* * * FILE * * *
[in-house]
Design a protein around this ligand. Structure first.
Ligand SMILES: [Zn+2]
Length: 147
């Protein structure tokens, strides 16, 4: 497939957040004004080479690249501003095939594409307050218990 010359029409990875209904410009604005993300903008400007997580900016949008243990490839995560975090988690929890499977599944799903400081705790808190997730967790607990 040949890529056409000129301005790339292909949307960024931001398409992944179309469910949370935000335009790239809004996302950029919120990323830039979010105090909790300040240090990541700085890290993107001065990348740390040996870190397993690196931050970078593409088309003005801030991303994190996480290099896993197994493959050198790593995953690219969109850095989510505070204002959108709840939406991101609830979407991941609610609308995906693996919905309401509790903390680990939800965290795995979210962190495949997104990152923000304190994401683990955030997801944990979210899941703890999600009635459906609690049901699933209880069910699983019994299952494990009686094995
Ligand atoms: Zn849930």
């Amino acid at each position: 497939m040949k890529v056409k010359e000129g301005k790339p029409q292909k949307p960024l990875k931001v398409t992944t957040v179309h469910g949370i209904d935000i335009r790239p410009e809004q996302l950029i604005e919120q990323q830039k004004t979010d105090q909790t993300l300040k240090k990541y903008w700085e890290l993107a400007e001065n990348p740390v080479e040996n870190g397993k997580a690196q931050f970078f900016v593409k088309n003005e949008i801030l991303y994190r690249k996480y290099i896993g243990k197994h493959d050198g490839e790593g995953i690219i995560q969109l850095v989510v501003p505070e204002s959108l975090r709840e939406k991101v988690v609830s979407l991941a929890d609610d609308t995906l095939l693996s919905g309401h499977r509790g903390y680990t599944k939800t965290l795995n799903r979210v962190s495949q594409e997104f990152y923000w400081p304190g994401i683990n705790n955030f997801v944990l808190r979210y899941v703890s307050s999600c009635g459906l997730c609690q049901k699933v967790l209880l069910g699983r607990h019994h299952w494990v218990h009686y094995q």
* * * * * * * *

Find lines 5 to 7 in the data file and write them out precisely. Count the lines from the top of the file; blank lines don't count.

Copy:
């Protein structure tokens, strides 16, 4: 497939957040004004080479690249501003095939594409307050218990 010359029409990875209904410009604005993300903008400007997580900016949008243990490839995560975090988690929890499977599944799903400081705790808190997730967790607990 040949890529056409000129301005790339292909949307960024931001398409992944179309469910949370935000335009790239809004996302950029919120990323830039979010105090909790300040240090990541700085890290993107001065990348740390040996870190397993690196931050970078593409088309003005801030991303994190996480290099896993197994493959050198790593995953690219969109850095989510505070204002959108709840939406991101609830979407991941609610609308995906693996919905309401509790903390680990939800965290795995979210962190495949997104990152923000304190994401683990955030997801944990979210899941703890999600009635459906609690049901699933209880069910699983019994299952494990009686094995
Ligand atoms: Zn849930």
């Amino acid at each position: 497939m040949k890529v056409k010359e000129g301005k790339p029409q292909k949307p960024l990875k931001v398409t992944t957040v179309h469910g949370i209904d935000i335009r790239p410009e809004q996302l950029i604005e919120q990323q830039k004004t979010d105090q909790t993300l300040k240090k990541y903008w700085e890290l993107a400007e001065n990348p740390v080479e040996n870190g397993k997580a690196q931050f970078f900016v593409k088309n003005e949008i801030l991303y994190r690249k996480y290099i896993g243990k197994h493959d050198g490839e790593g995953i690219i995560q969109l850095v989510v501003p505070e204002s959108l975090r709840e939406k991101v988690v609830s979407l991941a929890d609610d609308t995906l095939l693996s919905g309401h499977r509790g903390y680990t599944k939800t965290l795995n799903r979210v962190s495949q594409e997104f990152y923000w400081p304190g994401i683990n705790n955030f997801v944990l808190r979210y899941v703890s307050s999600c009635g459906l997730c609690q049901k699933v967790l209880l069910g699983r607990h019994h299952w494990v218990h009686y094995q």